Wednesday, July 22, 2009

A Brief History of Vera

If you have been reading my blog, it's obvious that I have a slight interest in Vera textiles. So, what's the deal with Vera?

Here it is:

Vera Neumann started out as an artist, utilizing watercolor, oil paint, and collage to create bright blooming florals and strong geometric prints. She married in the 1930s and began her textile business in the 1940s. The New York City apartment that Vera shared with her encouraging husband and business partner, George Neumann, quickly became an art studio where her designs were silk screened onto textiles to create placemats, napkins, tablecloths, fabric and even wallpaper. One of their first orders in 1943 came from F. Schumacher & Co! The budding enterprise later presented their designs to the 5th Avenue department store B. Altman, who in turn placed a huge order and the rest is history.


The Vera brand quickly took off, and soon, American women everywhere wanted a piece of it. A household name of the 20th century, Vera's textiles captivated people (and still do!) with her strong use of color and graphic prints.


There's no doubt that she was an innovator. Tablecloths and napkins featured bright oranges and warm reds, saturated greens and blues, and each one was signed with her stylized signature and often accompanied with the infamous ladybug. Vera said that she chose the ladybug as her trademark to "bring good luck, long life, and happiness to everyone."



The linens our grandmothers used on a regular basis are now collectors items. The designs that Vera created are timeless, and to me, will always be desired. I just don't see how they could ever feel old or dated. Do you? They seem as contemporary as any other print available for purchase today.



In 1972, the Smithsonian featured Vera's influence on the American design industry in an exhibition called, "Vera: The Renaissance Woman". Then, in 1975, the Fashion Institute of Technology honored her significant impact on American design by displaying 67 of her original paintings (some dating back to 1945).

Vera Neumann died in 1993, and with a series of buyouts and changes in management, an archive of her contemporary work was left in a storage facility in Georgia. In 2005, the work was purchased to launch a new line of Vera collectibles. In fact, today you can buy the "we heart Vera" collection at Anthropologie. Not exactly the real thing, but pretty darn close.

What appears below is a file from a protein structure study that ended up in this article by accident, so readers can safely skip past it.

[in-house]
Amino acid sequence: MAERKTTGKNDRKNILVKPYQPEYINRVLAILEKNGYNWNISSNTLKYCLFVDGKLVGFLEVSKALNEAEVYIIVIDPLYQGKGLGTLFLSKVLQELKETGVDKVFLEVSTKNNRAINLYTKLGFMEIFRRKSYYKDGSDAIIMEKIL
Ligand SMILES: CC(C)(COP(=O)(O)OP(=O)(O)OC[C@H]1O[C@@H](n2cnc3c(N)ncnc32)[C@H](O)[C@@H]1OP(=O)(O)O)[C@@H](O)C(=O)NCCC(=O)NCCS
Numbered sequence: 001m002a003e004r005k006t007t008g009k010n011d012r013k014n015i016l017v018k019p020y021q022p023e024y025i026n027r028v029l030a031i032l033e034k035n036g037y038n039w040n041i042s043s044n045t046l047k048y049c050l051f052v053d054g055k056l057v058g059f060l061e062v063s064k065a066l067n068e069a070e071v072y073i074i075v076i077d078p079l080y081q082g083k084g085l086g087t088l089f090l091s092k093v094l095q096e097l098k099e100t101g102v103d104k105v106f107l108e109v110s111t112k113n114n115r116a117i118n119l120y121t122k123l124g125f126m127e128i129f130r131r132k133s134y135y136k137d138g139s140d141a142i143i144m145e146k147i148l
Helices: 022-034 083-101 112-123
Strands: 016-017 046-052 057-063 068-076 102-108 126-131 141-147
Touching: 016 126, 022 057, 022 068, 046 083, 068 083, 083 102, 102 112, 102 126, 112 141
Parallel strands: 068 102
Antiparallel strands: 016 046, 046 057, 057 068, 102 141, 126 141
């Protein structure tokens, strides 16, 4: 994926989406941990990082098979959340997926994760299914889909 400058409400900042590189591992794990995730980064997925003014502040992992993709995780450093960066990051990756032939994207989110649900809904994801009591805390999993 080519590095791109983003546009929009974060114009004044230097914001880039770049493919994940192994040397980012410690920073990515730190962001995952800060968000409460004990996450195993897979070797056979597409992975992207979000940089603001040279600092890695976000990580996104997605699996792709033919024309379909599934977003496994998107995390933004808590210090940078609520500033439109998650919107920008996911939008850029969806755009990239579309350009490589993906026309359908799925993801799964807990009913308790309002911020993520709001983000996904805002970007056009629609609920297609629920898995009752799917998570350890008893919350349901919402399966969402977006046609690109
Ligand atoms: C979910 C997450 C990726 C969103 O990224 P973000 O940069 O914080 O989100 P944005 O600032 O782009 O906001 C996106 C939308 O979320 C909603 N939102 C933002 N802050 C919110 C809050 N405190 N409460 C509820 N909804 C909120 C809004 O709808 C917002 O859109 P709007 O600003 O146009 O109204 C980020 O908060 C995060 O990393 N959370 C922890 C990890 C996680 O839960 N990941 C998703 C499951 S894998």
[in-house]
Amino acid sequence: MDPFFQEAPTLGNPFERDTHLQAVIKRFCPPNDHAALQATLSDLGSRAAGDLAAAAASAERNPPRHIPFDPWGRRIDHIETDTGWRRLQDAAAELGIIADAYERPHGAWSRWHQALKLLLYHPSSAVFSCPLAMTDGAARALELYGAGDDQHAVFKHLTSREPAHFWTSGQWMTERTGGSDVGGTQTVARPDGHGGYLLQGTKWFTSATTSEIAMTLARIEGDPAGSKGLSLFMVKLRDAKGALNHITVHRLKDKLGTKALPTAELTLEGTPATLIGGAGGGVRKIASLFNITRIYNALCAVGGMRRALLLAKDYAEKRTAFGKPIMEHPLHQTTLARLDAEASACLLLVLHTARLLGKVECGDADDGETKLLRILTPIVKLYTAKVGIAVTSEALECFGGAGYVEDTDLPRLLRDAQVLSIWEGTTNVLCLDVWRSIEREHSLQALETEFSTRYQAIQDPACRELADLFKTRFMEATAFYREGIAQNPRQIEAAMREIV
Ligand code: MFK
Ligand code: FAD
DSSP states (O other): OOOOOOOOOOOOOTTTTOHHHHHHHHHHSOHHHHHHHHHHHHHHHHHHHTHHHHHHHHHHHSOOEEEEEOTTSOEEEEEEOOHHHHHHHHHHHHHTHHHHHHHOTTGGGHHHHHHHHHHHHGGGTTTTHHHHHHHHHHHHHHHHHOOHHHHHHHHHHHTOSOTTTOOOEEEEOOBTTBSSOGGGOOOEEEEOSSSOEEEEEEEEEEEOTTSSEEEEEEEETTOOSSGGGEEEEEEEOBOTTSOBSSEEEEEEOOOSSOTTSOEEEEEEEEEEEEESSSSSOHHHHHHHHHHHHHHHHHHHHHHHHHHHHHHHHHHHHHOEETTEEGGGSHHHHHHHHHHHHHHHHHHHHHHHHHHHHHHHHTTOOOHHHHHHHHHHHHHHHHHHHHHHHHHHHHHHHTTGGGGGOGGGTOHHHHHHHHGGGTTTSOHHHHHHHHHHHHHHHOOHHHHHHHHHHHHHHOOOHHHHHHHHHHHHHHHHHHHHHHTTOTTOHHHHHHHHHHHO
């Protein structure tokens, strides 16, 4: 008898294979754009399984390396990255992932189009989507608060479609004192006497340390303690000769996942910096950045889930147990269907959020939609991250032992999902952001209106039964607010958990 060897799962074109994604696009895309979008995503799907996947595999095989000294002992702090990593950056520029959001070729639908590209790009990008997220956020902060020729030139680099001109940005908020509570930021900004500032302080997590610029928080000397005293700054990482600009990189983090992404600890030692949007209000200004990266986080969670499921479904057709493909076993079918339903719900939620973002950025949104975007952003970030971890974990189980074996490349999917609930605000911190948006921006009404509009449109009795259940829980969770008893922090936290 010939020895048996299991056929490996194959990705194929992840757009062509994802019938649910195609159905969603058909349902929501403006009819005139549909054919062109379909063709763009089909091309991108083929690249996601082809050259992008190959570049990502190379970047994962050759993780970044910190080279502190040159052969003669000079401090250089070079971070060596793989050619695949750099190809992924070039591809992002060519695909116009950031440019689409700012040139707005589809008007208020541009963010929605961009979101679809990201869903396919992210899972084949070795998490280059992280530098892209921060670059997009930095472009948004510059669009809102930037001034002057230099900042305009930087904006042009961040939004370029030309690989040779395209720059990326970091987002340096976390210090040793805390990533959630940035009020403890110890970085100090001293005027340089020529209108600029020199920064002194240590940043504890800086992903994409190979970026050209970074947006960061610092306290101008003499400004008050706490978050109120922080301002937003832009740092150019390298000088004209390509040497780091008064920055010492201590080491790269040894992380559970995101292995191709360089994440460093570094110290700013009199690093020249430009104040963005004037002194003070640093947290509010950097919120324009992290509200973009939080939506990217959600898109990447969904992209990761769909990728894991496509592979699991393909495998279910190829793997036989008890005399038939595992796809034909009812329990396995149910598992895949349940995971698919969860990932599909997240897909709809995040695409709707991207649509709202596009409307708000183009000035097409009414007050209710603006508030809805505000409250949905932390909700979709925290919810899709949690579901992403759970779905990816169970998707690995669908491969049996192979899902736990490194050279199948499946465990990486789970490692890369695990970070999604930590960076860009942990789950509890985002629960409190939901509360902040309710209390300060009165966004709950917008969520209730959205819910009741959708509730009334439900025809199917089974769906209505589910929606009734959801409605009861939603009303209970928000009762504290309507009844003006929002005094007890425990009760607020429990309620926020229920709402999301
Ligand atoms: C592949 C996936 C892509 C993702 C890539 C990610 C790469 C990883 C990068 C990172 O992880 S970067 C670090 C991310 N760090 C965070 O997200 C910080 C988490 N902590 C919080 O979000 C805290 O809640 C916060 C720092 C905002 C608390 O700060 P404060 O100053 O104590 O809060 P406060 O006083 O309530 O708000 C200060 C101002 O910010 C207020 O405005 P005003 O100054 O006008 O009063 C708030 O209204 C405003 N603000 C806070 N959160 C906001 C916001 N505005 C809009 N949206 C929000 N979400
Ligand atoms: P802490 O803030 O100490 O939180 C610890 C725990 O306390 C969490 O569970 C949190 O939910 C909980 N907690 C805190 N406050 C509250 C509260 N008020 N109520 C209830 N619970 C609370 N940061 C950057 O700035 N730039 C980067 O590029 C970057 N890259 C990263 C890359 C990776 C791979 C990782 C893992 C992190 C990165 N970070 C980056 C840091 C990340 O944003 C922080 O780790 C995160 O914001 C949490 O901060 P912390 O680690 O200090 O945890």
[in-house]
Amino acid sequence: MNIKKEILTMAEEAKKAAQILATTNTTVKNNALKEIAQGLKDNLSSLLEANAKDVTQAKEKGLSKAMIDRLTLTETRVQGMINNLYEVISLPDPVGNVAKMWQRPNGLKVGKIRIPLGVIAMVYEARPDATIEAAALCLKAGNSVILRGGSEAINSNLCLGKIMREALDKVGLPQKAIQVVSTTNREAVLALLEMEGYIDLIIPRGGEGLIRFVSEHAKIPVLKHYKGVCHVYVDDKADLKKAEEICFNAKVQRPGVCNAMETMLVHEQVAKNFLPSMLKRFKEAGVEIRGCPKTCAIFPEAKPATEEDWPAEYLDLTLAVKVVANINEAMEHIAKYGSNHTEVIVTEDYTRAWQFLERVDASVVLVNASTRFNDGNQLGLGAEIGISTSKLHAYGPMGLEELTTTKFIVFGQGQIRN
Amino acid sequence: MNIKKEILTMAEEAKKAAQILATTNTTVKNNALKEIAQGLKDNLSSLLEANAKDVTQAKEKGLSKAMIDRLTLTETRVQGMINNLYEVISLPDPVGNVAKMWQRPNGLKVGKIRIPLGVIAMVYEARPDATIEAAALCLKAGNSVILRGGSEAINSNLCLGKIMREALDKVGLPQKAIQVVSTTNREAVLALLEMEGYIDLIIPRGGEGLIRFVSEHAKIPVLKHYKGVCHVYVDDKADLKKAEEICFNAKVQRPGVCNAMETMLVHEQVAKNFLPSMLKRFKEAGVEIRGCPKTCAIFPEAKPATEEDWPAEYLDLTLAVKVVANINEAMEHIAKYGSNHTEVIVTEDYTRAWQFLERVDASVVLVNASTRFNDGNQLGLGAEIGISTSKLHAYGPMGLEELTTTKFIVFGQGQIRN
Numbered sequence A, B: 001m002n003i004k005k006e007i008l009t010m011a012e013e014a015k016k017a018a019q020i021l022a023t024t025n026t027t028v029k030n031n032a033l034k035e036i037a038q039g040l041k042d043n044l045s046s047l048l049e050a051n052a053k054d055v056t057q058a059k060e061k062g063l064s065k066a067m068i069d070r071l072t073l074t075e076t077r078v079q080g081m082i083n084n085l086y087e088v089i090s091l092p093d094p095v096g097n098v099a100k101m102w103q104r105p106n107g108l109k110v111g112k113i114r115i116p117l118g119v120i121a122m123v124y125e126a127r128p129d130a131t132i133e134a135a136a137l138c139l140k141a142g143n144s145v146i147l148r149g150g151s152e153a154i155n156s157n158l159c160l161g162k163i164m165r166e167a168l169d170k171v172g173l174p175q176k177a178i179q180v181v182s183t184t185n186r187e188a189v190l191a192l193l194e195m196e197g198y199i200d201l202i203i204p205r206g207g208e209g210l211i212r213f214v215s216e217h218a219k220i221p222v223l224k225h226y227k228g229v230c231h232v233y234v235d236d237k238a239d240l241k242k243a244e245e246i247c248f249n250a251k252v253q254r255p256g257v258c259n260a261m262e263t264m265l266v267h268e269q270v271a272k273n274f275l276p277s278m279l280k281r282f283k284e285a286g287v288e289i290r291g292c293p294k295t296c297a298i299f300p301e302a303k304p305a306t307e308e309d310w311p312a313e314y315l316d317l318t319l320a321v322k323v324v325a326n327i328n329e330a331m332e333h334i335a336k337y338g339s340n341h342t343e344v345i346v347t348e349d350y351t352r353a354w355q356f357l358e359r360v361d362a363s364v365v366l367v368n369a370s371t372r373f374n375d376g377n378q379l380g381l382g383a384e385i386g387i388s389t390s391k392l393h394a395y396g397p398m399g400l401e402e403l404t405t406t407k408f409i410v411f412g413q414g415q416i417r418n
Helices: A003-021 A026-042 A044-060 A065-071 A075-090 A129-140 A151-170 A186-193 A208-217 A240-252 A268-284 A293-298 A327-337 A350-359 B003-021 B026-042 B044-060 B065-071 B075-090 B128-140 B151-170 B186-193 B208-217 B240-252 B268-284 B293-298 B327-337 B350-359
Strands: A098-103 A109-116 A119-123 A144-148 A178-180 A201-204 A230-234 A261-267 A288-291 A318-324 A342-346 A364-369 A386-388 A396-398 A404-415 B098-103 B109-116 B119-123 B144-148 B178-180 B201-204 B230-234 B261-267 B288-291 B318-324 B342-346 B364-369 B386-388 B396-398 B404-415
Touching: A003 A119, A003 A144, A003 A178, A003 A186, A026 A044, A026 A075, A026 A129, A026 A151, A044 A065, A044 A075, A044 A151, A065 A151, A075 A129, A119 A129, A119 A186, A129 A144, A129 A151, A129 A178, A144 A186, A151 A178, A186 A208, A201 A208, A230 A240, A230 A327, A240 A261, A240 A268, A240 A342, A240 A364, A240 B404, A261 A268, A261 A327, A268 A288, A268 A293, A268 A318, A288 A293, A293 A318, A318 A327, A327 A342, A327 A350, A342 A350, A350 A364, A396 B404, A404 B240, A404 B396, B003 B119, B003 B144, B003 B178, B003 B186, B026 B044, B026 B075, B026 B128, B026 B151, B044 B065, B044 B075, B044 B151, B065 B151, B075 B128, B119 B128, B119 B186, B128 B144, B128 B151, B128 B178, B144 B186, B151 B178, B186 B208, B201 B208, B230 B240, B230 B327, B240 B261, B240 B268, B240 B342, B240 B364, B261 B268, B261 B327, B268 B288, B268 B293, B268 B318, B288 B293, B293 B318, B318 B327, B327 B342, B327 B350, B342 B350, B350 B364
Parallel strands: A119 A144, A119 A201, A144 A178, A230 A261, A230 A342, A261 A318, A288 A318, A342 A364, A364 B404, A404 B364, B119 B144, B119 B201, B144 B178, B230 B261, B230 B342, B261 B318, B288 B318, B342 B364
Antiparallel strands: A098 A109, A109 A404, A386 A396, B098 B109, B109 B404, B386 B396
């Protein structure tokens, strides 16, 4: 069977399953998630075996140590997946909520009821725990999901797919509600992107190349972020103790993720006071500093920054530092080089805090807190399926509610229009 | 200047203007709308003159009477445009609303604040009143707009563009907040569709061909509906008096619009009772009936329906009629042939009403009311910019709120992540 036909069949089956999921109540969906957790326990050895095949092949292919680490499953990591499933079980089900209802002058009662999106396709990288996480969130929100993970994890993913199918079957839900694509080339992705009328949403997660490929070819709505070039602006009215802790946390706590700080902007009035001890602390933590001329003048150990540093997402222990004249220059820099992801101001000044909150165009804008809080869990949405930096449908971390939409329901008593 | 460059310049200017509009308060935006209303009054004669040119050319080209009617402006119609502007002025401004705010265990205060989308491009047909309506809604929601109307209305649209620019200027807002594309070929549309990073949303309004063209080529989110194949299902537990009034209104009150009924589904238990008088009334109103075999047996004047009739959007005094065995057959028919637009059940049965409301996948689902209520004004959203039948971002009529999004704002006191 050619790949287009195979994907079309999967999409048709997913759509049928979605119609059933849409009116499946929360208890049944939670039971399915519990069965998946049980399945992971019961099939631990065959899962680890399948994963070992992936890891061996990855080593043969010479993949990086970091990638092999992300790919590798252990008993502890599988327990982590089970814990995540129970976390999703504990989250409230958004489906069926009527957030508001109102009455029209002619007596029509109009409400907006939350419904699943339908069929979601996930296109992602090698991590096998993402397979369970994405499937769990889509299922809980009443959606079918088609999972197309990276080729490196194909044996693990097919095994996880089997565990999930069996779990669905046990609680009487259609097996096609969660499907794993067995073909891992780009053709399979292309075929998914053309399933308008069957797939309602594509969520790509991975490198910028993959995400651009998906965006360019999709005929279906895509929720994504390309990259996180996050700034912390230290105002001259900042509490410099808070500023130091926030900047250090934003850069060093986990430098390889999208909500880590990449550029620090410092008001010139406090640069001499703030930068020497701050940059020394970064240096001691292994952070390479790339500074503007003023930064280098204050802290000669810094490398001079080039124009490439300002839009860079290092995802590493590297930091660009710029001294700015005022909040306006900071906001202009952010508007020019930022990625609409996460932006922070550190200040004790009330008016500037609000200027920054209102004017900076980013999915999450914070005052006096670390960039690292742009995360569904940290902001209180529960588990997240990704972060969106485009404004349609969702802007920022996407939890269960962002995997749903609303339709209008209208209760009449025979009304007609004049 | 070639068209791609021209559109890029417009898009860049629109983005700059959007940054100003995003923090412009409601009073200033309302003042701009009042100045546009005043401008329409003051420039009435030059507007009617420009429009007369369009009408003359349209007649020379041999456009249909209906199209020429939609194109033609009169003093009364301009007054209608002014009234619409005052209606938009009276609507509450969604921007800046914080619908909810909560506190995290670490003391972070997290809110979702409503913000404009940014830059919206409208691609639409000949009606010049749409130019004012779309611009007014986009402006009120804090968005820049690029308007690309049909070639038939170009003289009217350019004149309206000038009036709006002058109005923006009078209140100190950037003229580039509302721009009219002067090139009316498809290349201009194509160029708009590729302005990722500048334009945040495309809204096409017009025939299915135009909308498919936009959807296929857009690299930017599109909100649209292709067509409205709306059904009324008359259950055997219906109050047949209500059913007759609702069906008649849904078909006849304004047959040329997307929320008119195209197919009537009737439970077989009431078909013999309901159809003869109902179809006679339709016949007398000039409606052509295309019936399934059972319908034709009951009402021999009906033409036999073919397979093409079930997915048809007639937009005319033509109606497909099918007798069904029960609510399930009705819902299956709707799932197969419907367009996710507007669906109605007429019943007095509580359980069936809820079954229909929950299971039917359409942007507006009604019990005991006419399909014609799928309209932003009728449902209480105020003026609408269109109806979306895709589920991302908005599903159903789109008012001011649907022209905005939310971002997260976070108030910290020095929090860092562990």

Some fun facts about Vera linens:

*Harry and First Lady Bess Truman lived with Vera wallpaper in their home at the White House!

*The Vera company purchased left over parachute silk after World War II, which led to her widespread success with ladies silk scarves!

*Marilyn Monroe loved Vera prints, as seen in her infamous nude photo session where she only wore sheer Vera scarves (didn't Lindsay Lohan try to duplicate this?)



I have a set of Vera coasters in the shop, and one large tablecloth. Check them out HERE and HERE.
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Are you a Vera fan too???

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4 comments:

Style Court said...

Yes, and Kelly this is a terrific post!

Kelly Galvin Robson said...

Thanks, Courtney. I cannot get enough of these Vera prints right now. It sort of relates to your "artist palettes" post this week too!

Stacy said...

Wonderful post!! I'm a huge fan of the scarves they are just so chic and the colors so fun.

Anonymous said...

Dear Kelly,

This is my first visit to your blog. I found it through Style Court.

What a lovely trip down memory lane it is for me every time I see the Vera signature and the ladybug.

I am a 40 something designer and as a young child 5- 10 I would help my Father a sales rep for women's sports wear - gently fold and place each Vera scarf into a slick white ultra thin and chic - colorfully lined boxes. I wonder if these might have been gifts for shop owners or buyers at the major department stores that my Father called on.

I fondly remember the sea of color, smell of fabric dye and the feeling of silk when I was trusted to "help out."

To this day seeing some of the prints from the late 60's and mid 70's unlock some compartment in my brain - they seem like old friends or even family.

It seems subcounsciously I even nicknamed our daughter Jillian (practically grown now) "Ladybug."

I never knew the history of Vera the woman - and am thrilled to have come across your well researched article about her.

With my thanks,

Mrs. Knox Fitzpatrick
designfind@att.net

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